New Orleans—Advances in light technology already benefit people with hirsutism, pigmented lesions, unwanted tattoos, and other dermatologic conditions. Light technology also holds promise for novel drug design and more precise dermatologic diagnoses. It may even aid the criminal justice system by improving fingerprint identification, according to R. Rox Anderson, MD, associate professor of dermatology at Harvard Medical School.
Anderson explored present and potential applications of what he calls "optical dermatology" in his Marion B. Sulzberger Memorial Award Lecture at the annual meeting of the American Academy of Dermatology held here in February.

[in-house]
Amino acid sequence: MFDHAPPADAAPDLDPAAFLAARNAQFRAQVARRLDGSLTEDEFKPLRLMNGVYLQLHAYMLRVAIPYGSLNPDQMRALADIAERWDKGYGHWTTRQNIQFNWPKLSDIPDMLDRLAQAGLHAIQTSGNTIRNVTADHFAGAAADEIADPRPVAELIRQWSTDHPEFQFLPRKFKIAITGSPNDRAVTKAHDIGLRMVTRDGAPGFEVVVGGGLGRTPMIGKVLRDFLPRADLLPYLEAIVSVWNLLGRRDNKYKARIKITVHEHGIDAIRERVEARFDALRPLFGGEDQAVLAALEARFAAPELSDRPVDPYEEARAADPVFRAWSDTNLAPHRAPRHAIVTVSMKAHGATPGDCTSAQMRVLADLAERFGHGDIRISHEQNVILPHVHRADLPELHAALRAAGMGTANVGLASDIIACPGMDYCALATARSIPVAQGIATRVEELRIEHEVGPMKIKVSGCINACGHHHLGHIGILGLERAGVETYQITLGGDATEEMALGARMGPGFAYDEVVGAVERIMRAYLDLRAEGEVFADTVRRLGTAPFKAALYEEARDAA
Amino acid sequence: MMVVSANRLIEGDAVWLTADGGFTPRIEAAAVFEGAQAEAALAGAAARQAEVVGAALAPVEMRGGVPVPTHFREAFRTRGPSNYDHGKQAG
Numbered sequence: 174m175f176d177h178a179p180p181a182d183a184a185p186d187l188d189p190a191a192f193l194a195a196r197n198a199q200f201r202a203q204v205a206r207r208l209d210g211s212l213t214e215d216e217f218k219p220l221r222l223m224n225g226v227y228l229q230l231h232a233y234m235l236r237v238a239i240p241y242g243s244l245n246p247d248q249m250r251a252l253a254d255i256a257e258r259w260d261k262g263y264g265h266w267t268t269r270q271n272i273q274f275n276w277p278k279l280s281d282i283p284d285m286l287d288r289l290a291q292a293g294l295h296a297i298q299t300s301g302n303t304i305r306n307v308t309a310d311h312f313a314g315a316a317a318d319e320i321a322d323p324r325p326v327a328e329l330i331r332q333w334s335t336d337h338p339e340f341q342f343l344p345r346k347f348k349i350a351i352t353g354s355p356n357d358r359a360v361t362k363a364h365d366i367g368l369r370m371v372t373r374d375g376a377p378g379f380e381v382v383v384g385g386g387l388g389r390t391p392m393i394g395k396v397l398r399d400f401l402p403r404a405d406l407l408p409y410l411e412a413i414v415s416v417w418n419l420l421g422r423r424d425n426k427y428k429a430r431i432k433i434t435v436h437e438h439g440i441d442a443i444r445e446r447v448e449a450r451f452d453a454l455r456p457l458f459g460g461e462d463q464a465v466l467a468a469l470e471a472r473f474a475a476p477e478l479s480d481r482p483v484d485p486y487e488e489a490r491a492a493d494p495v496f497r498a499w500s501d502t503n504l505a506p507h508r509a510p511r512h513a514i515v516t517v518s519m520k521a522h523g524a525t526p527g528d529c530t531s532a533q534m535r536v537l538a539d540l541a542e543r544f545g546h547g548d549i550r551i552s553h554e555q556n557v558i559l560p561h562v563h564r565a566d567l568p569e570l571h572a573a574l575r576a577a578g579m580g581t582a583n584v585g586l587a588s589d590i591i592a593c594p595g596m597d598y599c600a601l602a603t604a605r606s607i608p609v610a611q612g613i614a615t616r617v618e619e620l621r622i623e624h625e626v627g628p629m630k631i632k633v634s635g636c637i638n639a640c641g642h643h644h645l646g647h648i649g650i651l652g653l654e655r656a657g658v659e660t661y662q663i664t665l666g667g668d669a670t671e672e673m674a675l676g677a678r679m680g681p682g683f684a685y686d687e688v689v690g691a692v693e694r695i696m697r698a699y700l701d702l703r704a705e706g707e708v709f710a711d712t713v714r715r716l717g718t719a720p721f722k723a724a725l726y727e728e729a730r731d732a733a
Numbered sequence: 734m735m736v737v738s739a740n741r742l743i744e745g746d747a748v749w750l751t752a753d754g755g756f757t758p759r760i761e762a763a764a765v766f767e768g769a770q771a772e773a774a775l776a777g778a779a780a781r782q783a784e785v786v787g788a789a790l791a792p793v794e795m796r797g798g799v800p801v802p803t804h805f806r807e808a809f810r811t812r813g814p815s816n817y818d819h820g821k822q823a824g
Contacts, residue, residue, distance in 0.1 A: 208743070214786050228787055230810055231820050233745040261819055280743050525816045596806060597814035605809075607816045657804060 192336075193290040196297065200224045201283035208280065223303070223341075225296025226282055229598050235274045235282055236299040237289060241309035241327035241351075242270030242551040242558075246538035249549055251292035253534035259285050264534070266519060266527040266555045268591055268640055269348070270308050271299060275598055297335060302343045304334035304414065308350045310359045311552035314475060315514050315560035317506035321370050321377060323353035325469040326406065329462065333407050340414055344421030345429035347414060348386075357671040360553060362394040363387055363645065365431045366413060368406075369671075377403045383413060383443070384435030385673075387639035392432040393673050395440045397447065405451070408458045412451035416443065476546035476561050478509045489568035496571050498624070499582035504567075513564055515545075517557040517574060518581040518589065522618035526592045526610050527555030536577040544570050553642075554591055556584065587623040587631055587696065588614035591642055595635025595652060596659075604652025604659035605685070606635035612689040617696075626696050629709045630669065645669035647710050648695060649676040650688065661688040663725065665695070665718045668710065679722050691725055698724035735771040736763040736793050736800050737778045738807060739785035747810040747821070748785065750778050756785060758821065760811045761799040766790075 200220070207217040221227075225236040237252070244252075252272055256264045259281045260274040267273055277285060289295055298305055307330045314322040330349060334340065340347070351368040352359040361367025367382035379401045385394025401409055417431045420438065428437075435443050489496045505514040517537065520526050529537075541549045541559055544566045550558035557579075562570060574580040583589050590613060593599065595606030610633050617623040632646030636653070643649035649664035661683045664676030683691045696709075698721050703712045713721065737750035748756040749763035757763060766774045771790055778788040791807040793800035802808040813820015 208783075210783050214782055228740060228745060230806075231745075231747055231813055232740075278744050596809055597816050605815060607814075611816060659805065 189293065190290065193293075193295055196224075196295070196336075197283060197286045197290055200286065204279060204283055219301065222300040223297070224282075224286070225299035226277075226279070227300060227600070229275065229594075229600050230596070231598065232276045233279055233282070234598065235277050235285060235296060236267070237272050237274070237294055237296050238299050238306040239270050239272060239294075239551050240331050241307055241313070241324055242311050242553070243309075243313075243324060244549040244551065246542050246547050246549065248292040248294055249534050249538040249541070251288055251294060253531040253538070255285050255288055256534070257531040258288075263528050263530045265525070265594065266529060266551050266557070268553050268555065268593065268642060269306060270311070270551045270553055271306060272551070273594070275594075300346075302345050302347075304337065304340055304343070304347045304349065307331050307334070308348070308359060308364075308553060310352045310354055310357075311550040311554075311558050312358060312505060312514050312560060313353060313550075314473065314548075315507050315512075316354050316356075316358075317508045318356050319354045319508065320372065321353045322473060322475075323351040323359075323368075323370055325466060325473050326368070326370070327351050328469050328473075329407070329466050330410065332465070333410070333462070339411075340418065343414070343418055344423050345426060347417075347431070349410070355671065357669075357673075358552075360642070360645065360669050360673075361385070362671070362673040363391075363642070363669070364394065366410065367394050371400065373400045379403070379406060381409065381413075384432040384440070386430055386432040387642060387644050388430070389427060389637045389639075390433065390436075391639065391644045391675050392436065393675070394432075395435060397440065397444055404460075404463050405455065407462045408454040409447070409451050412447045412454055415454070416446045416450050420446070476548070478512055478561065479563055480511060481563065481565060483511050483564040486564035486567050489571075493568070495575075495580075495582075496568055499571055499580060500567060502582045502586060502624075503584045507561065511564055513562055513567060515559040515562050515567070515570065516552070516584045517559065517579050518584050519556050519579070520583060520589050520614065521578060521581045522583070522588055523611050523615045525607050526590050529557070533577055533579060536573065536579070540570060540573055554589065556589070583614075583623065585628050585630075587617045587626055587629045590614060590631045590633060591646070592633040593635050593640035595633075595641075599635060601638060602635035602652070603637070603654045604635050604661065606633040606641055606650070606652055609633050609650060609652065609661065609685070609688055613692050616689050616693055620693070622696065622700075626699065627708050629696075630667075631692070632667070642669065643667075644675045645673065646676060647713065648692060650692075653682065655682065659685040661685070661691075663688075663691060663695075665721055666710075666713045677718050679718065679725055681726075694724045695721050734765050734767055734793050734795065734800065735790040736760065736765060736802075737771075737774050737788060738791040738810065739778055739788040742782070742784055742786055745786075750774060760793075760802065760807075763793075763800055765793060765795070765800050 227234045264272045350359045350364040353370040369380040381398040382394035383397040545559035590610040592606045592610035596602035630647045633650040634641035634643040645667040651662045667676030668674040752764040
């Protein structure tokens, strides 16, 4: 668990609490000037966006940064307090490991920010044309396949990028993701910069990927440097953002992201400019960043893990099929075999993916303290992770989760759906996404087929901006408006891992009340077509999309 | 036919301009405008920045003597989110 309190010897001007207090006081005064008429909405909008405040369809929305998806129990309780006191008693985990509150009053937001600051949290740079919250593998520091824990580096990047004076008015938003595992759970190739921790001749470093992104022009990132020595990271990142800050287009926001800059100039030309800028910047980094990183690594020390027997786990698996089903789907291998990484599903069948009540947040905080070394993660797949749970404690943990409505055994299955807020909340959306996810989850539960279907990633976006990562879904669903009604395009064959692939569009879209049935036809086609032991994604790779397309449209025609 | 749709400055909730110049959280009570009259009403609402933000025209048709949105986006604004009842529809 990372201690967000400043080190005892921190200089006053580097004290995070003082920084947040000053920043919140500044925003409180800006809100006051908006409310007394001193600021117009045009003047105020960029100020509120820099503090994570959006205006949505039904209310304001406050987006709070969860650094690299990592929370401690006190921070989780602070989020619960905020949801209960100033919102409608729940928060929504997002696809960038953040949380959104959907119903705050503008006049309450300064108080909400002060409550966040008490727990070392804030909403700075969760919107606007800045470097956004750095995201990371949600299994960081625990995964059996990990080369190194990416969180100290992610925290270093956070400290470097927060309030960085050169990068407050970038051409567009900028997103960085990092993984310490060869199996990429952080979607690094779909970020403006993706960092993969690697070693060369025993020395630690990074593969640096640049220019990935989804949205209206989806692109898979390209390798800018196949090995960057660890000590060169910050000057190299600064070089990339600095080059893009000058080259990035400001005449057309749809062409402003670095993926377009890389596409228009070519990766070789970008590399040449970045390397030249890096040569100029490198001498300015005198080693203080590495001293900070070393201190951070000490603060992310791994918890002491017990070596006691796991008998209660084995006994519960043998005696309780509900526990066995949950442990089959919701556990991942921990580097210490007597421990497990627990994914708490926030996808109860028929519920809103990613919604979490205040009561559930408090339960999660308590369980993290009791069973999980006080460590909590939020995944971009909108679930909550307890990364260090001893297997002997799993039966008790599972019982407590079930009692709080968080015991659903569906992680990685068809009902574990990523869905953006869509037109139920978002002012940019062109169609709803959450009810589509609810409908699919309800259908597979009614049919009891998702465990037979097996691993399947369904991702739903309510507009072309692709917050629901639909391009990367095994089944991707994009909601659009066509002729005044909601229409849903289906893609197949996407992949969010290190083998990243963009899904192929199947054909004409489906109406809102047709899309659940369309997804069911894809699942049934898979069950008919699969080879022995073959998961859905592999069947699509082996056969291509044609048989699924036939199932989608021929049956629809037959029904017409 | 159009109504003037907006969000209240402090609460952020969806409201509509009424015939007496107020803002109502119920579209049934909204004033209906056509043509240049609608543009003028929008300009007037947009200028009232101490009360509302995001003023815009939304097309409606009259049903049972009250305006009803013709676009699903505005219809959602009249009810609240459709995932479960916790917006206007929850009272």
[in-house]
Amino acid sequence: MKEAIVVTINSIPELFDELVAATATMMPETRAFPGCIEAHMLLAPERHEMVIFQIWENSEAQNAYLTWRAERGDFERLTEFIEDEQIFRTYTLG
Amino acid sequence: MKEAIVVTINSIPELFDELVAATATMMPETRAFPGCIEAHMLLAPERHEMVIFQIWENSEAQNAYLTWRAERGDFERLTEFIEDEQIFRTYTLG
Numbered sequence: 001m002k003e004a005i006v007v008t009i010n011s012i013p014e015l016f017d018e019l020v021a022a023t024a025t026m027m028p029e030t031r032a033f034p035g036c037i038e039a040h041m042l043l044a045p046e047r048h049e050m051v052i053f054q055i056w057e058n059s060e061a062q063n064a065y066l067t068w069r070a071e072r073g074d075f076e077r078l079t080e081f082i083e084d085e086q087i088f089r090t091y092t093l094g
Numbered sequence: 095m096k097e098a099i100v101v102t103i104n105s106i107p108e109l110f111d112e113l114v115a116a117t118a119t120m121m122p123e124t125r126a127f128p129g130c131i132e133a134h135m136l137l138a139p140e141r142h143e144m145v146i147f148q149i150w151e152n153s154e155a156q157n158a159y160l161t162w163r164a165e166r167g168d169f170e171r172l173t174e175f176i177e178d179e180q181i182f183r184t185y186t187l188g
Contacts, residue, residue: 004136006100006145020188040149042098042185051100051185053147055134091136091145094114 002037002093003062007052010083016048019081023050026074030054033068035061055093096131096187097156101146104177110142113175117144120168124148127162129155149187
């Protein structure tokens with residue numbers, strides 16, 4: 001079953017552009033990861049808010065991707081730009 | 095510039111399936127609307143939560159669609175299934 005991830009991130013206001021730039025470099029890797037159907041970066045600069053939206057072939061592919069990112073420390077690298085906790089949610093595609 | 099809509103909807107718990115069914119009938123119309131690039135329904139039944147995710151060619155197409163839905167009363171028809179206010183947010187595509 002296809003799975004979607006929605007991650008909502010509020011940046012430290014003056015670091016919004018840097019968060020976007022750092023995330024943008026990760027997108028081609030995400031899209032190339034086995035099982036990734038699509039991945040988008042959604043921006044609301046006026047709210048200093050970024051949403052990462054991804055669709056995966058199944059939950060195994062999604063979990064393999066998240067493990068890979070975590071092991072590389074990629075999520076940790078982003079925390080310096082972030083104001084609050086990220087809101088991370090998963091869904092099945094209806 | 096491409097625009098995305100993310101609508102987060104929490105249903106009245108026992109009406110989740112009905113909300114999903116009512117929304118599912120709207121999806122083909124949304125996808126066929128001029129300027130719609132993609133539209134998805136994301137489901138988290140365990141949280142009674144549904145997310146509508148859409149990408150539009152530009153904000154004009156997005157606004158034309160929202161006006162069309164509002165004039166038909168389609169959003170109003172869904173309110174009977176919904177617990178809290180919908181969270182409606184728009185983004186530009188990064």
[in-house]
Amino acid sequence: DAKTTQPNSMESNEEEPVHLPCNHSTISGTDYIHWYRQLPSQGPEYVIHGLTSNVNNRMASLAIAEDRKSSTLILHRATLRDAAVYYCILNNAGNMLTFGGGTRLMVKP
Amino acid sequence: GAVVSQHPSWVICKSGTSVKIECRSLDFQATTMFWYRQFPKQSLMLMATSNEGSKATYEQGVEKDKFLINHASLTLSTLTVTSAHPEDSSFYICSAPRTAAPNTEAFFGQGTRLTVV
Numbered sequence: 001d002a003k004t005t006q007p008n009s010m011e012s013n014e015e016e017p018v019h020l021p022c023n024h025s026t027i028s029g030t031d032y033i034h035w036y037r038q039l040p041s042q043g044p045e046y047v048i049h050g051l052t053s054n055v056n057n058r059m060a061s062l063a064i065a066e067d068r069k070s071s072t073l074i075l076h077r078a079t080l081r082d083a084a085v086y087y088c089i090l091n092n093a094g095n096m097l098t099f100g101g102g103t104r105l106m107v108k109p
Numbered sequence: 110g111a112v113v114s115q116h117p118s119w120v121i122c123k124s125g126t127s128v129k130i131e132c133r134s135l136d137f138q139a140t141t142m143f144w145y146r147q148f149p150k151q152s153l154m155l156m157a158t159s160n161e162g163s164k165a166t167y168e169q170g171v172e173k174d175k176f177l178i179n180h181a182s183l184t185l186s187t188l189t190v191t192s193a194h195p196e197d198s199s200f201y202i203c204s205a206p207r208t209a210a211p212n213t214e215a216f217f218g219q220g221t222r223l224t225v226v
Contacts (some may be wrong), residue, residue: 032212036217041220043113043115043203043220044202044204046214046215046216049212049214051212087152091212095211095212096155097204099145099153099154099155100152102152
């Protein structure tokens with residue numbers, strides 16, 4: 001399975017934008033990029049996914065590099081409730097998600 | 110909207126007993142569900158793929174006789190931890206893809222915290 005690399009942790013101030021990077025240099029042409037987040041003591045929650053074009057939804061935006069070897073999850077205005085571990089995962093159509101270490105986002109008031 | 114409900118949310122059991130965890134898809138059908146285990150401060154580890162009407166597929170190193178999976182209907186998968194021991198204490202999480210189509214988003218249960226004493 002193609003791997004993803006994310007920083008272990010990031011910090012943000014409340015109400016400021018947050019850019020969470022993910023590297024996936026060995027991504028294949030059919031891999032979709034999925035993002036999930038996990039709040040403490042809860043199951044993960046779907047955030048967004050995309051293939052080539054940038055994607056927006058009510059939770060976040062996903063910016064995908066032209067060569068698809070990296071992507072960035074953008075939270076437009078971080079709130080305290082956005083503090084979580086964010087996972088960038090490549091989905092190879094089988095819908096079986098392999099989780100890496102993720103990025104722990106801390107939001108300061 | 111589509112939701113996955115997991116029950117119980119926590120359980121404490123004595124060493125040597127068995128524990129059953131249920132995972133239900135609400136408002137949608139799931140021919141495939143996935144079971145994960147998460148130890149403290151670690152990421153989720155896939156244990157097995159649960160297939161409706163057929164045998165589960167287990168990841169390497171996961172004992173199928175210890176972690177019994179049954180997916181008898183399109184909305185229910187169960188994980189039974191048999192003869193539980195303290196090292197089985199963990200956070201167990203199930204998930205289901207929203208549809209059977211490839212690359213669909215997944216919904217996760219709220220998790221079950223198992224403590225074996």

This optical coherence tomography image of a human fingertip shows an eccrine duct spiraling through the epidermis and stratum corneum, overlying the dermis. Optical coherence tomography provides vertical "sections" of the light reflected from skin in vivo, up to about 2 mm in depth. (Credit: Courtesy of Johannes F. de Boer, PhD, Harvard Medical School)
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